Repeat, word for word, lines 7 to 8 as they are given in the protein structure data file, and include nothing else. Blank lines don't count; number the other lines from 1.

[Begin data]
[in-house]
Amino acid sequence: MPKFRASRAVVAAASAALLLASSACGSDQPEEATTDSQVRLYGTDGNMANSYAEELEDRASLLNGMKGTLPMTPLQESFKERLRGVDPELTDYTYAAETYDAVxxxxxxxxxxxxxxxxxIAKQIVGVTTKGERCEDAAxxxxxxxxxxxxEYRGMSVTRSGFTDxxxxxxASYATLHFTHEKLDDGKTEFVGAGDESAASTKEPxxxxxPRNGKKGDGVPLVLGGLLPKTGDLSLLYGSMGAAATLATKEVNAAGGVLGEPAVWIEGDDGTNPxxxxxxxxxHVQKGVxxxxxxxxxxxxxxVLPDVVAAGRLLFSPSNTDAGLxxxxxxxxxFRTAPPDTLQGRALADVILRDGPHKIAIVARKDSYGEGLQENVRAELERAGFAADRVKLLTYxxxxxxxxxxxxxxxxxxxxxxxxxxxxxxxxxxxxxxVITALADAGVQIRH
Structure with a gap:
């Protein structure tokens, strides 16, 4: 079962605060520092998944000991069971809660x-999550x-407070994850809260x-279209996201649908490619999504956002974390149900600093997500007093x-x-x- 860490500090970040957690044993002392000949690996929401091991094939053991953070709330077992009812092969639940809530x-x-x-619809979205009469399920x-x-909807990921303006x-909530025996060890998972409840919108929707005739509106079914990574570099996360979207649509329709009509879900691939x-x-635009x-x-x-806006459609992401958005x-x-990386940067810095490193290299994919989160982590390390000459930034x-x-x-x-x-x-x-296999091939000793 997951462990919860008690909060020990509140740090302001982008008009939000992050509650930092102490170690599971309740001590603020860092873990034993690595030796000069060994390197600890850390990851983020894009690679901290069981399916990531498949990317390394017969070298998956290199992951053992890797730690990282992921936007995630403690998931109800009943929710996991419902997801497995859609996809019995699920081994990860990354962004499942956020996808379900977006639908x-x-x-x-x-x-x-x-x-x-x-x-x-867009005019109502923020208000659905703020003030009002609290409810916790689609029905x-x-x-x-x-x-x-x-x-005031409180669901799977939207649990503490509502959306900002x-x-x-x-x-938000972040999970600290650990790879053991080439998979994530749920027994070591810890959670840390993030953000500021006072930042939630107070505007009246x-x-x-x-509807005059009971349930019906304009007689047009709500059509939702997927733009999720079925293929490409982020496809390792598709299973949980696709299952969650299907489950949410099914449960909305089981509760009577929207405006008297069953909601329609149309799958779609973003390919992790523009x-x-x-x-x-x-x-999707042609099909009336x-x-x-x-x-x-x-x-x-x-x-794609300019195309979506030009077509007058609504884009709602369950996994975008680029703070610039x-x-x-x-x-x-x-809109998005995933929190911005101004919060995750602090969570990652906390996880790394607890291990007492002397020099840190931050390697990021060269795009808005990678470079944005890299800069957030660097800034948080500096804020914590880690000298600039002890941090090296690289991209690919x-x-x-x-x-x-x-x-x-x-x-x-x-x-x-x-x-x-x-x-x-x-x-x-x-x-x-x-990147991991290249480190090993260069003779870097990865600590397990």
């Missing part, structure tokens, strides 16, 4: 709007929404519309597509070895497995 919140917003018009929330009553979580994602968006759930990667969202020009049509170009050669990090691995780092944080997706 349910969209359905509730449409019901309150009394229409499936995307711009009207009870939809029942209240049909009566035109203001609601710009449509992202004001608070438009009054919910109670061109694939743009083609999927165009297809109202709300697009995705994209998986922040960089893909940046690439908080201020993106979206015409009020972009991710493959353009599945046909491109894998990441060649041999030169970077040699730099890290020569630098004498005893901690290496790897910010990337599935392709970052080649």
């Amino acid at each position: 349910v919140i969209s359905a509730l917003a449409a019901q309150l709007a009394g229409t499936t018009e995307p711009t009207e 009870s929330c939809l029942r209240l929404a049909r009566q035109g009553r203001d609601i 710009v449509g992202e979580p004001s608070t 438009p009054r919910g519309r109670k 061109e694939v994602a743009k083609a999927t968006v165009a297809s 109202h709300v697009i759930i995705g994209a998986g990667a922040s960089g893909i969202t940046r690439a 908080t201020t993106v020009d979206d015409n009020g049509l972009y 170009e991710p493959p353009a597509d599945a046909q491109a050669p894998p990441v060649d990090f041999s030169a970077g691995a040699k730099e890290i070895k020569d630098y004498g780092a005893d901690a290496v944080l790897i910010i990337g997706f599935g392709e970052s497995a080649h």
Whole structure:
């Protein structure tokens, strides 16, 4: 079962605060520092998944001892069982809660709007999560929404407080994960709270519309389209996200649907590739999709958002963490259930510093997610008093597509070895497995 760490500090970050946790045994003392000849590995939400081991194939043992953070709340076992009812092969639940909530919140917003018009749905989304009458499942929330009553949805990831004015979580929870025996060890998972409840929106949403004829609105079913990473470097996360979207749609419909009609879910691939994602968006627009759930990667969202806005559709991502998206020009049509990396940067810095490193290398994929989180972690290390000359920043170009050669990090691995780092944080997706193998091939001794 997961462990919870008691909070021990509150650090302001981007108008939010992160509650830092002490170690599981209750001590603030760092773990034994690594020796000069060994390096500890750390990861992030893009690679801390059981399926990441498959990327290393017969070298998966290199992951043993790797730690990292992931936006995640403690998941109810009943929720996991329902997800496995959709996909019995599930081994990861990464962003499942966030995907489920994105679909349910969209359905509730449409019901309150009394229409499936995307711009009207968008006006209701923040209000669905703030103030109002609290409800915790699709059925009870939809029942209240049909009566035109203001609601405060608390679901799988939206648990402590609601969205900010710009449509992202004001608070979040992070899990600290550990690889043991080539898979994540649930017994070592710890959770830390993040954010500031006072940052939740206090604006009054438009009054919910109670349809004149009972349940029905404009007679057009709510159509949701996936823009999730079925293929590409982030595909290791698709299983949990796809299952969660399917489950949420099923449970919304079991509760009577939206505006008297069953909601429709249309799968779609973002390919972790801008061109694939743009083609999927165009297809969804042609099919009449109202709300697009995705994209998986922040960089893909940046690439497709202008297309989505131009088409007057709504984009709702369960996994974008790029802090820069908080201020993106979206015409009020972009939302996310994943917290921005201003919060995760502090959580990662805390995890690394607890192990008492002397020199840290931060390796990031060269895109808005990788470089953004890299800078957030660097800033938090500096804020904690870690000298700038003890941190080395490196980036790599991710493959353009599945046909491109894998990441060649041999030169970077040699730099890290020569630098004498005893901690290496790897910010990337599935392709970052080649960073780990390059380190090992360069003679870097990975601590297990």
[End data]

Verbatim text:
Whole structure:
């Protein structure tokens, strides 16, 4: 079962605060520092998944001892069982809660709007999560929404407080994960709270519309389209996200649907590739999709958002963490259930510093997610008093597509070895497995 760490500090970050946790045994003392000849590995939400081991194939043992953070709340076992009812092969639940909530919140917003018009749905989304009458499942929330009553949805990831004015979580929870025996060890998972409840929106949403004829609105079913990473470097996360979207749609419909009609879910691939994602968006627009759930990667969202806005559709991502998206020009049509990396940067810095490193290398994929989180972690290390000359920043170009050669990090691995780092944080997706193998091939001794 997961462990919870008691909070021990509150650090302001981007108008939010992160509650830092002490170690599981209750001590603030760092773990034994690594020796000069060994390096500890750390990861992030893009690679801390059981399926990441498959990327290393017969070298998966290199992951043993790797730690990292992931936006995640403690998941109810009943929720996991329902997800496995959709996909019995599930081994990861990464962003499942966030995907489920994105679909349910969209359905509730449409019901309150009394229409499936995307711009009207968008006006209701923040209000669905703030103030109002609290409800915790699709059925009870939809029942209240049909009566035109203001609601405060608390679901799988939206648990402590609601969205900010710009449509992202004001608070979040992070899990600290550990690889043991080539898979994540649930017994070592710890959770830390993040954010500031006072940052939740206090604006009054438009009054919910109670349809004149009972349940029905404009007679057009709510159509949701996936823009999730079925293929590409982030595909290791698709299983949990796809299952969660399917489950949420099923449970919304079991509760009577939206505006008297069953909601429709249309799968779609973002390919972790801008061109694939743009083609999927165009297809969804042609099919009449109202709300697009995705994209998986922040960089893909940046690439497709202008297309989505131009088409007057709504984009709702369960996994974008790029802090820069908080201020993106979206015409009020972009939302996310994943917290921005201003919060995760502090959580990662805390995890690394607890192990008492002397020199840290931060390796990031060269895109808005990788470089953004890299800078957030660097800033938090500096804020904690870690000298700038003890941190080395490196980036790599991710493959353009599945046909491109894998990441060649041999030169970077040699730099890290020569630098004498005893901690290496790897910010990337599935392709970052080649960073780990390059380190090992360069003679870097990975601590297990």